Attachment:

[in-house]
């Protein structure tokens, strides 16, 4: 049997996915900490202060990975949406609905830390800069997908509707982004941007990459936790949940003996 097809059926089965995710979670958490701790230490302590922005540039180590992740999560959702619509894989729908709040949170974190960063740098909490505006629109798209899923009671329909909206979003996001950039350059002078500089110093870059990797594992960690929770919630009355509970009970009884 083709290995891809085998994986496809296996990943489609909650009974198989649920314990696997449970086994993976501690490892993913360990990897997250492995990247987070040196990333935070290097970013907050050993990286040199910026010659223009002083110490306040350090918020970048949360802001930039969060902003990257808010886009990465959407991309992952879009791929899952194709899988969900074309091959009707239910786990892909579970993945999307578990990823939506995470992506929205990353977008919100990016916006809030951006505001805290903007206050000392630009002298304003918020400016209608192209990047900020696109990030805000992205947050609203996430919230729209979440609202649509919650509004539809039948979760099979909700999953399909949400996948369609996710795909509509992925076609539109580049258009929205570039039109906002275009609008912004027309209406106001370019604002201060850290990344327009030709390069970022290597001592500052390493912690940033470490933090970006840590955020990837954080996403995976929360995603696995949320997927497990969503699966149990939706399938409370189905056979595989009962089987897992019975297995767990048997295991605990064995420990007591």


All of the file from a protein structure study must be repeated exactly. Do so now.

[in-house]
């Protein structure tokens, strides 16, 4: 049997996915900490202060990975949406609905830390800069997908509707982004941007990459936790949940003996 097809059926089965995710979670958490701790230490302590922005540039180590992740999560959702619509894989729908709040949170974190960063740098909490505006629109798209899923009671329909909206979003996001950039350059002078500089110093870059990797594992960690929770919630009355509970009970009884 083709290995891809085998994986496809296996990943489609909650009974198989649920314990696997449970086994993976501690490892993913360990990897997250492995990247987070040196990333935070290097970013907050050993990286040199910026010659223009002083110490306040350090918020970048949360802001930039969060902003990257808010886009990465959407991309992952879009791929899952194709899988969900074309091959009707239910786990892909579970993945999307578990990823939506995470992506929205990353977008919100990016916006809030951006505001805290903007206050000392630009002298304003918020400016209608192209990047900020696109990030805000992205947050609203996430919230729209979440609202649509919650509004539809039948979760099979909700999953399909949400996948369609996710795909509509992925076609539109580049258009929205570039039109906002275009609008912004027309209406106001370019604002201060850290990344327009030709390069970022290597001592500052390493912690940033470490933090970006840590955020990837954080996403995976929360995603696995949320997927497990969503699966149990939706399938409370189905056979595989009962089987897992019975297995767990048997295991605990064995420990007591």